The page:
So happy to have you stop by today, the very day we discuss another tiny edit my publishers insisted I make for the second run of “Little Women.”
The first edit, remember, was that all the March sisters HAD to marry, even Jo, my confirmed single-working woman alter ego.
I held out for cash for that change, but this edit, I did not put up too much of a fuss.
A little background. My father, A. Bronson Alcatt, was very tall, well over 6 feet, which was considerably taller than 5 feet 8 inches, the average height of a Civil War soldier. (War records are the source of men’s heights, while prison records are the only source for average women’s heights. We did not do the primary-care/annual physical thing in the 19th Century.)
As a result, my sisters and I were tall. May maxed out at 5 feet 10, a GIANT! Was she a vision with her white blond hair, blue eyes and peaches and cream skin. (And she knew how to use it, trust me.)
I was about 5 feet 8 inches, a hair taller than Anna.
So, if you have an 1868 first run of “Little Women,” which is based on my real family, you have a rare edition. You will read that whenever the March sisters are introduced to a male character, they are either eye level with him, or slightly taller. No biggie.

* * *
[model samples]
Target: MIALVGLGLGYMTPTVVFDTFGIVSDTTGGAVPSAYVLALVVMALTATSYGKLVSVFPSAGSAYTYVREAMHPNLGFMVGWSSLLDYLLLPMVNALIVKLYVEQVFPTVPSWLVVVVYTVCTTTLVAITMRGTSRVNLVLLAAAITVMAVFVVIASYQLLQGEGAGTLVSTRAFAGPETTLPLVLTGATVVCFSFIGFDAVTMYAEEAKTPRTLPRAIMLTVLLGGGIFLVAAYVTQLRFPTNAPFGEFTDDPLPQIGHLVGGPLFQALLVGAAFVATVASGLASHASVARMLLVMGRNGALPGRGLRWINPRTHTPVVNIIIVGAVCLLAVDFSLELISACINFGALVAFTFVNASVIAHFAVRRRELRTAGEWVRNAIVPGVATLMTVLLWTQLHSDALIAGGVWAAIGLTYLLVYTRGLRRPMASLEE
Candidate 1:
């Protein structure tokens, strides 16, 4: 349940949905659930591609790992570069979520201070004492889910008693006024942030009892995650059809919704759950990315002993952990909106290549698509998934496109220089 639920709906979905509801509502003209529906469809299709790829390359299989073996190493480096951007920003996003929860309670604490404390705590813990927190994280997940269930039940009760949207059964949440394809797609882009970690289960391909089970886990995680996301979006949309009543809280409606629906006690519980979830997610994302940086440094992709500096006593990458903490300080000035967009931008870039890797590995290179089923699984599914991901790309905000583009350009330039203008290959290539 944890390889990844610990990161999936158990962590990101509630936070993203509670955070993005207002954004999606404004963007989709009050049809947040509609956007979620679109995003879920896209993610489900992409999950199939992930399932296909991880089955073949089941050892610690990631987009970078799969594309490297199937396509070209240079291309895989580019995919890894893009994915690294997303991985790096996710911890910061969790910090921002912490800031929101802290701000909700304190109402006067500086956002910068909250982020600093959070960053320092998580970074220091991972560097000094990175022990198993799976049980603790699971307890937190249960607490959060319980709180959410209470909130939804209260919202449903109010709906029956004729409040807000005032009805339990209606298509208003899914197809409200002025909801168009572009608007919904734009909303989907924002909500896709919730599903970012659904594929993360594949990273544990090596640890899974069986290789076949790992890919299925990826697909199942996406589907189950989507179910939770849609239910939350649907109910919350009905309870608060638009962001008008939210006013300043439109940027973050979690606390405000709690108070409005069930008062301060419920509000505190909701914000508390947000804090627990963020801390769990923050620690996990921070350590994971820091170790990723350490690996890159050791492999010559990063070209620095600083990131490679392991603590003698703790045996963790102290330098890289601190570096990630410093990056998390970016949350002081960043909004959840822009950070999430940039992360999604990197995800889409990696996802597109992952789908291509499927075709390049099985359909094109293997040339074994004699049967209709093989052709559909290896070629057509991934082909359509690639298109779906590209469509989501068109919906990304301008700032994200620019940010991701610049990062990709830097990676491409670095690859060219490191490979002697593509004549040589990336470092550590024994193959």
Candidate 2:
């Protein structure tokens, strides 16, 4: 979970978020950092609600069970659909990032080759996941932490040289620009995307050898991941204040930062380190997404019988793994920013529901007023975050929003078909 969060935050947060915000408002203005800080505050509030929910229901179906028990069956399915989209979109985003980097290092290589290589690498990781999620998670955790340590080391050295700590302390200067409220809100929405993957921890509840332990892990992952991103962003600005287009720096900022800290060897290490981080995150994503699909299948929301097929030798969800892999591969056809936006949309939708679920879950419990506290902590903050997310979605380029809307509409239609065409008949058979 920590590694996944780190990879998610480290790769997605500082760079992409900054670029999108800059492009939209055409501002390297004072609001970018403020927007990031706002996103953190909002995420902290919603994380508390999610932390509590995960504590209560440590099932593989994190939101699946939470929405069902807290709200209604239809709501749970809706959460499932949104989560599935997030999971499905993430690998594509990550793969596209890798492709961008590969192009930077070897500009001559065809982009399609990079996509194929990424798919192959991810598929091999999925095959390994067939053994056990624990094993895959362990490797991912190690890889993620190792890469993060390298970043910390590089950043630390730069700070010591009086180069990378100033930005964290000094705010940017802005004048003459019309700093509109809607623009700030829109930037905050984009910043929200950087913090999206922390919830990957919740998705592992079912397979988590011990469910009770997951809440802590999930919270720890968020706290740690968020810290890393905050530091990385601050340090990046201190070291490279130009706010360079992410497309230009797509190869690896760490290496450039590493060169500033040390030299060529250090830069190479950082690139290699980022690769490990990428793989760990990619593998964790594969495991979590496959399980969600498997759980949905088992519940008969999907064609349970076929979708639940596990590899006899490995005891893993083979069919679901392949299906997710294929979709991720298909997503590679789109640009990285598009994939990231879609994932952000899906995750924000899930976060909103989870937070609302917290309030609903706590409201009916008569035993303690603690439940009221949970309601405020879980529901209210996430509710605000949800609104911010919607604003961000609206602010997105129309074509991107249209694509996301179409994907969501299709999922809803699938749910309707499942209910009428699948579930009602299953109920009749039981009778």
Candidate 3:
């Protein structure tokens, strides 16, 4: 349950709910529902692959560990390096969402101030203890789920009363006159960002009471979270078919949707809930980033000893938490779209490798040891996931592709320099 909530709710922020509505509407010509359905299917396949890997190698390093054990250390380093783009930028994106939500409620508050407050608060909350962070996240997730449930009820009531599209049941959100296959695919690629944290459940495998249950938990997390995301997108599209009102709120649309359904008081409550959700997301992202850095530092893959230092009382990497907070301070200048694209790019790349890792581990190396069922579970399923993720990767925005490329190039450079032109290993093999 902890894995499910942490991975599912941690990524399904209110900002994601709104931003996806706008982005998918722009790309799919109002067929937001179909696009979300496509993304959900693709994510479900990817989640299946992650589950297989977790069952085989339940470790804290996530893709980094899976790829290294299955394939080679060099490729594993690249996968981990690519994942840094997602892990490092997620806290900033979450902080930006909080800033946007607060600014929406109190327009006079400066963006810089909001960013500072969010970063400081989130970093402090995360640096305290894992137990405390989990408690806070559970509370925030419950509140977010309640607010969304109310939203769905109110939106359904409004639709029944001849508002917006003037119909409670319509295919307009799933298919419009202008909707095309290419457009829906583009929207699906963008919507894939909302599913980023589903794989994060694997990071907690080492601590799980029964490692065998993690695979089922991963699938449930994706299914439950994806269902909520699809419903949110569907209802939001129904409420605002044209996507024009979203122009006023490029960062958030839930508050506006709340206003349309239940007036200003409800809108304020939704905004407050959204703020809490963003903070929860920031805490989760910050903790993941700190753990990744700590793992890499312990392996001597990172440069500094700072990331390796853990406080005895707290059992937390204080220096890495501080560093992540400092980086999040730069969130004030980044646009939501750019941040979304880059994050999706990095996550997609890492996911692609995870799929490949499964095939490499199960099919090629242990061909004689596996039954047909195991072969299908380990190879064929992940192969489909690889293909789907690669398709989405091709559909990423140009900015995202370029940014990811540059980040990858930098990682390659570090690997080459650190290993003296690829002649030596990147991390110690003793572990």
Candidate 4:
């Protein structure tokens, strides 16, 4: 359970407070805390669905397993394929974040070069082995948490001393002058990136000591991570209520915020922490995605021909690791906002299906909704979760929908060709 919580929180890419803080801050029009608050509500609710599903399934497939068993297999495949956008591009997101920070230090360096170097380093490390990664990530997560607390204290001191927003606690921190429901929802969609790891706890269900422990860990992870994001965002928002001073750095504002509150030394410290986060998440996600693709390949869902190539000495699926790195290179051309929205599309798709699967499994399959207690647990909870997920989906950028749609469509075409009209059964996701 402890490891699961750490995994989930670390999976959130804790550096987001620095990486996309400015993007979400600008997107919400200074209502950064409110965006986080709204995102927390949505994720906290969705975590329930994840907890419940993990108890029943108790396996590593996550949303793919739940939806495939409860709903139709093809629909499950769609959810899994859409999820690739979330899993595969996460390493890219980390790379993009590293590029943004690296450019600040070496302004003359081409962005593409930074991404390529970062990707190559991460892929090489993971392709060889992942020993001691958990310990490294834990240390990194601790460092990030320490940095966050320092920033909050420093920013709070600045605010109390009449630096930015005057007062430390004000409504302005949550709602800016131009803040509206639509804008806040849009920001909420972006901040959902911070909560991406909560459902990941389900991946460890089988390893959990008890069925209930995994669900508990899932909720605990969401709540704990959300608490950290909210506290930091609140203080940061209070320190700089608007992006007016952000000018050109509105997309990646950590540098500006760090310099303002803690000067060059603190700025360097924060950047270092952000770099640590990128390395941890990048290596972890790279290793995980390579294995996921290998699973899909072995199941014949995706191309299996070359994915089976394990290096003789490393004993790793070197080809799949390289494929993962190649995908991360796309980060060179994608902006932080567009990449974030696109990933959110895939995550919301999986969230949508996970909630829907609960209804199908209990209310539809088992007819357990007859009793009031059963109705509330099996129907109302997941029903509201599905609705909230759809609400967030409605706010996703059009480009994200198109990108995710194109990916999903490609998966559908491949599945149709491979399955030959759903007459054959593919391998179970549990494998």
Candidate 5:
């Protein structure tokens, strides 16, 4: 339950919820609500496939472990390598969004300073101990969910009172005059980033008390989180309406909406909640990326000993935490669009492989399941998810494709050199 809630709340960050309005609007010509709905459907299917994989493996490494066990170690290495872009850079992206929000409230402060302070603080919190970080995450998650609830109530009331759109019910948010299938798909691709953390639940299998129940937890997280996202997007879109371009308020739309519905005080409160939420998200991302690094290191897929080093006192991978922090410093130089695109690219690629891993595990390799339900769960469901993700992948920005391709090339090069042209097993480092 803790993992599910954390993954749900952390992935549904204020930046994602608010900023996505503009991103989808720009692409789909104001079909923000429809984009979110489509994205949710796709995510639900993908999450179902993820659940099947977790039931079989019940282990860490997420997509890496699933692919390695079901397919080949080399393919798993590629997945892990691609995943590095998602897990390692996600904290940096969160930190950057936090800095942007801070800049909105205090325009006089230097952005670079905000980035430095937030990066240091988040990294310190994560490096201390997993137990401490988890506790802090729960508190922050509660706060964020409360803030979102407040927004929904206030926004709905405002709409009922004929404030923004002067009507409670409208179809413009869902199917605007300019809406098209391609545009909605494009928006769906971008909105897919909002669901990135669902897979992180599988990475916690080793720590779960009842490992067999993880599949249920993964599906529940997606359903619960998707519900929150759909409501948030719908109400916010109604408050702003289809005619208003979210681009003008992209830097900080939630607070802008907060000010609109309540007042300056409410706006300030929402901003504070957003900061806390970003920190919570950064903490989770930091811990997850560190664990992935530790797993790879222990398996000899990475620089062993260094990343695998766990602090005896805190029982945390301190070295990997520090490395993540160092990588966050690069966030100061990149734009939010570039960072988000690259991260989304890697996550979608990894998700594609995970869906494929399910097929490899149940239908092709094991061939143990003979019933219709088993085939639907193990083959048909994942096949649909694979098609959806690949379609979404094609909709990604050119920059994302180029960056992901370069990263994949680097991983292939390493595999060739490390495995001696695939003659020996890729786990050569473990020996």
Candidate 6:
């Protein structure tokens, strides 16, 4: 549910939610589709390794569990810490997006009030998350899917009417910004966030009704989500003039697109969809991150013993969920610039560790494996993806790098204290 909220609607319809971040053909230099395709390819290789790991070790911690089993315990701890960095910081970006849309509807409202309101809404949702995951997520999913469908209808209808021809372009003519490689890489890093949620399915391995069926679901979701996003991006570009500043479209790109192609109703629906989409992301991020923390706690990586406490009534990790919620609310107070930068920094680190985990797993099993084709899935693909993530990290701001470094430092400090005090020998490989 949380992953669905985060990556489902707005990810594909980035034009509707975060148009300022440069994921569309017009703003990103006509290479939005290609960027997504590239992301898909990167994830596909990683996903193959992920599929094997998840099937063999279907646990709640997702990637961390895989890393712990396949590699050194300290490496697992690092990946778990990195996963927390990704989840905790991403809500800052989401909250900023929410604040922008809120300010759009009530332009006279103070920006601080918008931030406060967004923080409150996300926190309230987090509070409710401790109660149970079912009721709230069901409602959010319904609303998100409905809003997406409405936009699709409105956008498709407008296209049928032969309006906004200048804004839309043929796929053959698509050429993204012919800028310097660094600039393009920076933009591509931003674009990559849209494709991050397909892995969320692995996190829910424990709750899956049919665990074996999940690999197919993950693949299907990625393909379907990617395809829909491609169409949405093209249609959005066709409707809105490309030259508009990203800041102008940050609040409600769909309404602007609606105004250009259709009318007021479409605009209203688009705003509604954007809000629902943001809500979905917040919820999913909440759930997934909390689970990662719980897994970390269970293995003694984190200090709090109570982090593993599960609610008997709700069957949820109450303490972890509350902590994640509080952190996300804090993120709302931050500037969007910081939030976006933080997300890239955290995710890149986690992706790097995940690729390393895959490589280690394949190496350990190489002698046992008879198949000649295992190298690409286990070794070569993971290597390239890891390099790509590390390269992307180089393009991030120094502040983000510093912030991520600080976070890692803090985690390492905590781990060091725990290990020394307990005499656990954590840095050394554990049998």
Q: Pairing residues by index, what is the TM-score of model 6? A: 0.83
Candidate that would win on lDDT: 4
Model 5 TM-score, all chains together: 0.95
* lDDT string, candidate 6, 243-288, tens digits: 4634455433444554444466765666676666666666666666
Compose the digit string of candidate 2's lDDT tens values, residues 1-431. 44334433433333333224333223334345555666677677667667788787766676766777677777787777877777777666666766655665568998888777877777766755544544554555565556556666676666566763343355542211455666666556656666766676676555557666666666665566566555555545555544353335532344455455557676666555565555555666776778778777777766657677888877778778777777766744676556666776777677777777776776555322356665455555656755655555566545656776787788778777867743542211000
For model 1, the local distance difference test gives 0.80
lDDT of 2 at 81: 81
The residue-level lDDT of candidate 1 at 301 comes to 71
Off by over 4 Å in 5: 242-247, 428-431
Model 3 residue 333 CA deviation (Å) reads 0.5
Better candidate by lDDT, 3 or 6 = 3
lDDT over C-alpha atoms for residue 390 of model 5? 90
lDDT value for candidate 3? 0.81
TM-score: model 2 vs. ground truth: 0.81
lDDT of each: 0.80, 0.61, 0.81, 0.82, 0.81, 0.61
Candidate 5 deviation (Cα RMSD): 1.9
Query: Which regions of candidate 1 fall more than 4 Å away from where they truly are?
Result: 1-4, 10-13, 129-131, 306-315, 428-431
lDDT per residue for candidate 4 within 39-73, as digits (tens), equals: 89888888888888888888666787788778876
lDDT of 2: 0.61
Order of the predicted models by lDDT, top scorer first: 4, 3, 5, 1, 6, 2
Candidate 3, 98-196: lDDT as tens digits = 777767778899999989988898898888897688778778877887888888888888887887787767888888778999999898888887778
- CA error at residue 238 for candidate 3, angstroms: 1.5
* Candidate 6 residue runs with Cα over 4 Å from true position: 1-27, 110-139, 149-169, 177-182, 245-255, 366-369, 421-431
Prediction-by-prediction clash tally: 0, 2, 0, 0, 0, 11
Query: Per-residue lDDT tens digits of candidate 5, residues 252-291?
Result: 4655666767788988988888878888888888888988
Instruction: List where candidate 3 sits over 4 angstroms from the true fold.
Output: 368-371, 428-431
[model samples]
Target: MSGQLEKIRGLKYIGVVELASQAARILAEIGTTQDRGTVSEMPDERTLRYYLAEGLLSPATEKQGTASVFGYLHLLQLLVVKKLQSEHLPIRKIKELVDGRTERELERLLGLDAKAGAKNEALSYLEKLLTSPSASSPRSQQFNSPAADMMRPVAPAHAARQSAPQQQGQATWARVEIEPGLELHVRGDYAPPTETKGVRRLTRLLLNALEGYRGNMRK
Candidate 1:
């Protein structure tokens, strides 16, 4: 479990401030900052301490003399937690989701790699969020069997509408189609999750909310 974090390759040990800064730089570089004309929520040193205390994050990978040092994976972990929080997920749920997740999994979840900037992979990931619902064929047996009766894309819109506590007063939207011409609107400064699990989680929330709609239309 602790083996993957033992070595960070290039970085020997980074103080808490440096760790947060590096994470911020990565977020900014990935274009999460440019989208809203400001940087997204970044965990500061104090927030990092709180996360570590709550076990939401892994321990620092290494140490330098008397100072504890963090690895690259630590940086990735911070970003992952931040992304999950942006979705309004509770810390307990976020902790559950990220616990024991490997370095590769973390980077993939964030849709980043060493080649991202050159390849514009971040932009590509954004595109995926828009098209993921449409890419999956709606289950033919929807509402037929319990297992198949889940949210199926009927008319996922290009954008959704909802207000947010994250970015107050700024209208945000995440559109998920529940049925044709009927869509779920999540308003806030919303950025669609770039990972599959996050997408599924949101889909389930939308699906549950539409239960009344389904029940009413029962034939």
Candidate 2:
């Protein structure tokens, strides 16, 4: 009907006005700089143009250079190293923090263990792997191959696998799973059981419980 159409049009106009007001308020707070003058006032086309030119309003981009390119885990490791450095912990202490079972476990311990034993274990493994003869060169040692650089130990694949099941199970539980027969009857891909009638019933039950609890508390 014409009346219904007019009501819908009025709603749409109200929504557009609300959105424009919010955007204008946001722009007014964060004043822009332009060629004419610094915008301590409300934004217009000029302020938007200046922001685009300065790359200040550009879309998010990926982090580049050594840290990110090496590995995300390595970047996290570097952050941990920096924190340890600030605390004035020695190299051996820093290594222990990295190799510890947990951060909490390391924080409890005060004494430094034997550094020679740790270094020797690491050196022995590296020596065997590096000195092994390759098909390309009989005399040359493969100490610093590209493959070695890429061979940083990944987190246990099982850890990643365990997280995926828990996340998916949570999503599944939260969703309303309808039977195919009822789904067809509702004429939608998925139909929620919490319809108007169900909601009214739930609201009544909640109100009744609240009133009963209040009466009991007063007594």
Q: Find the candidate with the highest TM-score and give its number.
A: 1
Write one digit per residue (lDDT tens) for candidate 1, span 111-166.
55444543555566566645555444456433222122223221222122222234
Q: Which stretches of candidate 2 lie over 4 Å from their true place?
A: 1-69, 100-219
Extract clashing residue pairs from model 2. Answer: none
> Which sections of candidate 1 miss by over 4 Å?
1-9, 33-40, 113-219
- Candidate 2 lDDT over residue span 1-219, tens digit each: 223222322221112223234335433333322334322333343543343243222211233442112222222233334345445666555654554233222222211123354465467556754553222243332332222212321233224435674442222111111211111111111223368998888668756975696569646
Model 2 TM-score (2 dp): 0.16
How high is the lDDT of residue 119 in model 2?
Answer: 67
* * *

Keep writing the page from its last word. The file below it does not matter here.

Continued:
Or so I thought.
Readers would not have it. So the publishers said, “LMA, on the next run, add a little Miracle Grow to the dudes’ diets. No tall girls with short guys ever again!” I said, fine, It was not worth the fight.
Fortunately, the world has learned to accept that some guys are short and some gals are not. In fact, one of our favorites, Michael J. Fox, is only 5 feet 4 inches. His wife, Tracey, is much taller. Aren’t they an elegant couple?
Scrabble is much shorter than I am. And My Pub is much taller than MAD, as noted in the above photograph. (Did she really have to wear heels for this shoot?)
Well, that’s the long and short of it today. Have a good one, wherever you are and whatever you do, short or tall, big or small,
xo, LMA & Scrabble